Approved elective for the Neuroscience major/minor.
Prerequisite: PSYC 1, PSYC 6, or COSC 5.
Dist: SOC


Introduction to Programming for Psychological Scientists

In 20W at 12, Jeremy Manning

Studying the mind is an increasingly computational endeavor.  Modern psychological laboratories use computers to administer experiments, collect data, analyze data, create figures, write papers, and share their work with the world. Related and analogous approaches are used in fields as diverse as finance, art, biomedical science, law, and many others. In this course we will use hands-on training experiences, problem sets, and mini research projects to introduce students to a sampling of the computational tools employed in cutting-edge psychological research. A focus of the course will be on “open science” practices that enable scientists to share and clearly document each aspect of the scientific process.

Prerequisite: PSYC 11 required, MATH 1 or MATH 3 recommended.
Dist: TAS


Introduction to Computational Neuroscience

In 19F at 2A, Richard Granger

Your brain is composed of low-precision, slow, sparsely-connected computing elements, yet it outperforms any extant computer on tasks ranging from perception to planning. Computational Neuroscience has as its twin goals the scientific understanding of how brains compute thought, and the engineering capability to reconstruct the identified computations. Topics in the class included anatomical circuit design, physiological operating rules, evolutionary derivation, mathematical analyses, and emergent behavior, as well as development of applications from robotics to medicine.

Approved course for the Neuroscience major/minor.
Prerequisite: PSYC 1, PSYC 6, COSC 1, or ENGS 20.
Cross-listed as: COSC 16 and COGS 21.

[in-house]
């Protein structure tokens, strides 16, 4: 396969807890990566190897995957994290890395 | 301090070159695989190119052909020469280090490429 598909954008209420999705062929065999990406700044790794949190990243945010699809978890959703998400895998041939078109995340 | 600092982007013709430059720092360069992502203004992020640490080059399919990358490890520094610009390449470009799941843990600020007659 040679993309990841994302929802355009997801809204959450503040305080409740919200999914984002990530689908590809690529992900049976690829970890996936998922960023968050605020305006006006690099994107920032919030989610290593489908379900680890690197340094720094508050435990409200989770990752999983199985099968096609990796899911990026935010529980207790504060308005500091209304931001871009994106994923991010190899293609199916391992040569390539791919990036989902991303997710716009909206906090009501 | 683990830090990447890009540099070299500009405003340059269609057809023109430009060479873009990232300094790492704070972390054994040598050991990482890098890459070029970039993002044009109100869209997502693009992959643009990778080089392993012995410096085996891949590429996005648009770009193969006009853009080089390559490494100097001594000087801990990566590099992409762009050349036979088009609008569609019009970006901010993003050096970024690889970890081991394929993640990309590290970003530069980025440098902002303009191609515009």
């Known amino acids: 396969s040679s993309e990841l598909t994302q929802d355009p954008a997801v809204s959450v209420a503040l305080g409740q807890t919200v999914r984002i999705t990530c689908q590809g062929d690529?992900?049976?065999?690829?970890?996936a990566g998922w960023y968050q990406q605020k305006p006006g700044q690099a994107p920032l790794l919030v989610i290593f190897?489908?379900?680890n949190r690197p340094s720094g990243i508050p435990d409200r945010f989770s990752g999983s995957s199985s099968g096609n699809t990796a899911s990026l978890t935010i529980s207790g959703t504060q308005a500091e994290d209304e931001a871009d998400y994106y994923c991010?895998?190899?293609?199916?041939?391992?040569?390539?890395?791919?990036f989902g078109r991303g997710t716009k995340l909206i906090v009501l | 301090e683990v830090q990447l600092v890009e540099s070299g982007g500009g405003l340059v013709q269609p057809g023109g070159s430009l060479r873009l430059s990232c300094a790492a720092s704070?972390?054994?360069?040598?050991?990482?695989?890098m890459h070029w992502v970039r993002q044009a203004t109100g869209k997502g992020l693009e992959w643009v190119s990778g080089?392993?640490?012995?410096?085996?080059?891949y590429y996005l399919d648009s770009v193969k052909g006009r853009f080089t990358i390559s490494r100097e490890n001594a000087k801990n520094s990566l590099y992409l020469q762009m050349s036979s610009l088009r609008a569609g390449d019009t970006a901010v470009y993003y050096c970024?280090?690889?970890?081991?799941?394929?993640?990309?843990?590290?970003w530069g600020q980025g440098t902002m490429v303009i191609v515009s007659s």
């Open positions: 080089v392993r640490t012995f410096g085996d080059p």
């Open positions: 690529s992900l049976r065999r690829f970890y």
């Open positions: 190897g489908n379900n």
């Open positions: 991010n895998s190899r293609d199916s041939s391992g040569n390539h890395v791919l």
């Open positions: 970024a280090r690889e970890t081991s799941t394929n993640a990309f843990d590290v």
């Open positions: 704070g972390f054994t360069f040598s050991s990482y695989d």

Dist: SCI



In 20W at 2, Annemarie Brown

Long before the field of Psychology existed, there was an appreciation that our emotions exert a profound influence over our behavior. Psychology must struggle with the more tangible question of how to study emotions and thereby interpret their influence on behavior. In this course, we will examine how psychologists (past and present) have attempted to study emotion. We will augment this information by learning how the brain supports emotional processing. We will then consider human disorders where emotional processing has gone wrong, as this will inform us about how things were supposed to work in the first place. And, then, we will be in a better position to answer the really big questions. What is an emotion? Who has emotions? Do you? Does your neighbor? Do German Shepherds? How do you know?

Prerequisite: PSYC 1 or PSYC 6.
Dist: SOC


Behavioral Neuroscience

In 19F at 10A, Katherine Nautiyal
In 20W at 10A, Ann Clark

We are complex organisms that perform complex behaviors. In this course we will explore the neurological underpinnings of behavior. Some topics we will cover include the neural control of life-sustaining behaviors such as eating, drinking and sleeping. In addition, we will explore how the brain contributes to the display of other complex behaviors such as aggression, sexual behavior and reward. We will use the text, primary research articles and case studies to examine the relationship between brain and behavior.

Approved course for the Neuroscience major/minor.
Prerequisite: PSYC 6.
Dist: SCI


Cellular and Molecular Neuroscience

In 20S at 11, Michael Hoppa

This course focuses on cellular and molecular mechanisms that underlie the development and function of the nervous system. This includes aspects of gene expression (transcription, mRNA metabolism) and cell biology (cellular transport and cytoskeleton, cell cycle, signal transduction, and signaling pathways) as they pertain to neurons and glia. Lectures supplemented by in-class discussion of primary research articles will also serve as an introduction to microscopic, electrophysiological, molecular biological, and genetic techniques and animal models used to study the nervous system and neurological disorders.

Approved course for the Neuroscience major/minor.
Prerequisite: PSYC 6.
Crosslisted as: BIOL 49.
Dist: SCI